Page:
This will be a course in Shakespeare with special emphasis on the way that he uses places to create meanings. As travelers we’ll explore historical and cultural dimensions of countries and cities we visit in which Shakespeare sets his plays. In class we’ll see if we can use what we learn on shore to deepen our sense of what Shakespeare is up to as a playwright. On the way across the Atlantic, we’ll consider the playwright’s sense of England, probably by reading Henry IV, Part I and Henry V. In proximity to Spain we may have a look at Love’s Labors Lost; close to Rome we’ll consider Coriolanus, Julius Caesar and maybe Merchant of Venice. In sight of Greece, we’ll ponder Timon of Athens. In Istanbul, not far from Troy, we’ll read and discuss Troilus and Cressida. (Maybe there will be time to say a word about Othello as we pass Casablanca, or-somewhat fancifully-Winter’s Tale as we near Croatia.) On the way home to America, we’ll read Shakespeare’s play about colonies and brave new worlds, The Tempest. Daily quizzes, two exams, a paper-plenty of work but (for those who like such things) plenty of good times.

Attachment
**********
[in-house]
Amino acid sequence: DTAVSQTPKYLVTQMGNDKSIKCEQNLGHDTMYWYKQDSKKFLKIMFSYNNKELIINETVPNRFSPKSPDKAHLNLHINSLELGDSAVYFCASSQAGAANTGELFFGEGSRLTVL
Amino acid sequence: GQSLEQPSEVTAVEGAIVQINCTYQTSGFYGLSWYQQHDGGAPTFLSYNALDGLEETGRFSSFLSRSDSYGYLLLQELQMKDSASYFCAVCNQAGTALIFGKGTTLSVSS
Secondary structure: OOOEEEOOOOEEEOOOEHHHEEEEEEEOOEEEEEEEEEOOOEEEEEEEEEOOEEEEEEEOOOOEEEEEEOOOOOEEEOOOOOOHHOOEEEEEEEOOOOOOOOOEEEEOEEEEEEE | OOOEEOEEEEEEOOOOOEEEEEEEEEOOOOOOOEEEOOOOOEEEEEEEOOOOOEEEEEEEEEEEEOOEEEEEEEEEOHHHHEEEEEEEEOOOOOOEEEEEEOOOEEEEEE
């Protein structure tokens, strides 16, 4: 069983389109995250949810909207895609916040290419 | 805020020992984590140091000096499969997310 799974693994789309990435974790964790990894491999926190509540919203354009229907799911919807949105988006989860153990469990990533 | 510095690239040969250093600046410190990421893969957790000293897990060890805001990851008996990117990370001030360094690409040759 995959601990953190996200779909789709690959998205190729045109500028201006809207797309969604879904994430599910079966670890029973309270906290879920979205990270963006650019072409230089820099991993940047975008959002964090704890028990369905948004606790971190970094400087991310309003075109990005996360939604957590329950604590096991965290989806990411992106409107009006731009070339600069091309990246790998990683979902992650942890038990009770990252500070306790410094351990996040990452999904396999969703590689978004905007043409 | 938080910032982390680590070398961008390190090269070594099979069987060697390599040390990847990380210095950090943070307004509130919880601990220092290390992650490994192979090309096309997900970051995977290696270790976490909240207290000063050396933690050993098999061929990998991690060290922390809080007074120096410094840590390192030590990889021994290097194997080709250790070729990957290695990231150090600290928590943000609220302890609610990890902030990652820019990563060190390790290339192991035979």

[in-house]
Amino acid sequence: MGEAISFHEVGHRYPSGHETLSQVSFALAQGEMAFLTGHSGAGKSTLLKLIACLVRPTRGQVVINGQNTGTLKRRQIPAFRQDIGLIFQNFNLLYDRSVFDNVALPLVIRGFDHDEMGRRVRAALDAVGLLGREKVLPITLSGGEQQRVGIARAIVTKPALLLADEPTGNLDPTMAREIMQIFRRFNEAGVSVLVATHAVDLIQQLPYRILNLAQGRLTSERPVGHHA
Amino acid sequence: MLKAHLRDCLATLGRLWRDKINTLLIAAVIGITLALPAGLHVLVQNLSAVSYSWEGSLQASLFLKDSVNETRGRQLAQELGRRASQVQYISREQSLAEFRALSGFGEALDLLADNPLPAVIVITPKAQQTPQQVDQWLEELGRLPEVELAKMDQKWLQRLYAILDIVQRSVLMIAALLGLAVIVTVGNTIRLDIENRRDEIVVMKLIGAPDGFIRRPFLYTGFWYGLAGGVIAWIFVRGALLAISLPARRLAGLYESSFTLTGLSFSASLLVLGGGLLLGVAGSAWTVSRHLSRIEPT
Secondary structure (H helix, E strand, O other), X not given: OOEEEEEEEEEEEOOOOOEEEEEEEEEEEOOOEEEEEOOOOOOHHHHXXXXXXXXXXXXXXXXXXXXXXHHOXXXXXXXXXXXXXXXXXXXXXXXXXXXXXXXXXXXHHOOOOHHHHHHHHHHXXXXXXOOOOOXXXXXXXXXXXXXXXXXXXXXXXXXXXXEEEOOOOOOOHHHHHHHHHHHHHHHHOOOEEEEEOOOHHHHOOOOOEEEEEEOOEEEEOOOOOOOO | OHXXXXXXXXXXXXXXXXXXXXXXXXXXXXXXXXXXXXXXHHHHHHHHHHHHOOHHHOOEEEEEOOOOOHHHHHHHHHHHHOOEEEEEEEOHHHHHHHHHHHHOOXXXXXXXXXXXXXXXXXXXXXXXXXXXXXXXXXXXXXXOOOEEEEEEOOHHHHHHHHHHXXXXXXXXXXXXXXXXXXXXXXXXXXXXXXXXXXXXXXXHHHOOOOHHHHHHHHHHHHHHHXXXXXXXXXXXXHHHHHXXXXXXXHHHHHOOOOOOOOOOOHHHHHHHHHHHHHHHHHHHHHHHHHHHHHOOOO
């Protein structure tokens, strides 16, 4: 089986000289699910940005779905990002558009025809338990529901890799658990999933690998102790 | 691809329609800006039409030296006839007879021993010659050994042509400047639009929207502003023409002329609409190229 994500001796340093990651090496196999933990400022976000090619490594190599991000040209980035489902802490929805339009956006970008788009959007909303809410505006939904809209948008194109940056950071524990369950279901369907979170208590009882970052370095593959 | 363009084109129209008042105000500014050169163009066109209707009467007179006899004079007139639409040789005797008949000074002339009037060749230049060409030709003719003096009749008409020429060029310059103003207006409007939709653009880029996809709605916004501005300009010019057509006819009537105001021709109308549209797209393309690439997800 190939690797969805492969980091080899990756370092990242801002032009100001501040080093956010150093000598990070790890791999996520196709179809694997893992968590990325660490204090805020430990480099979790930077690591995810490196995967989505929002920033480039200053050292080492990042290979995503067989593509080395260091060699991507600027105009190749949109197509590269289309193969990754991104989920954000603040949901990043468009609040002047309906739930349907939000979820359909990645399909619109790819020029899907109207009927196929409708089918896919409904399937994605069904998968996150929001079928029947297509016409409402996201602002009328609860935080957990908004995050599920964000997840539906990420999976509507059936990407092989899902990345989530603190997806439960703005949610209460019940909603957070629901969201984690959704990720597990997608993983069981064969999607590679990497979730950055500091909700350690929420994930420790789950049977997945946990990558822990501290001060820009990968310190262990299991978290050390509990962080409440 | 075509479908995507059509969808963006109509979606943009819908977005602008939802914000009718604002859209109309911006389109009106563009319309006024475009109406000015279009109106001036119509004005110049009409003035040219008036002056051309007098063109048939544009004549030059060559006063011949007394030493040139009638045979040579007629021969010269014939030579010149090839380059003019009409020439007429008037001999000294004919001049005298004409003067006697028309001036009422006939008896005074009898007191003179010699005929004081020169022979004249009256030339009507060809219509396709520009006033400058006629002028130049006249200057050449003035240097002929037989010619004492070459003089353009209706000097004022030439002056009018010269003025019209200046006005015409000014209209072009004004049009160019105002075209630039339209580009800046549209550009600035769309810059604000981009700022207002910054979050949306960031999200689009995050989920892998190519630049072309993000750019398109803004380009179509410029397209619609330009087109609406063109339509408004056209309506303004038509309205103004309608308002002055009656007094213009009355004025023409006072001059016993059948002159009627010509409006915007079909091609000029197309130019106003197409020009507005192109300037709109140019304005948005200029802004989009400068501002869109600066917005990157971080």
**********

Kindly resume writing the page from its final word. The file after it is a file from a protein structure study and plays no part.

Field WorkCountry: Italy
This will be a trip to the Coliseum, also known as the Flavian amphitheater. We'll consider its design and its uses as a monument to empire and as a perpetuator of imperial power. We'll learn all we can about the spectacles that took place on the floor of the coliseum: gladiator battles, chariot races, animal fights and the rest. We'll try to understand why these entertainments were as appealing to the Romans as they were-and we'll also speculate on why they are as repugnant (but also as intriguing) to us now as they generally are.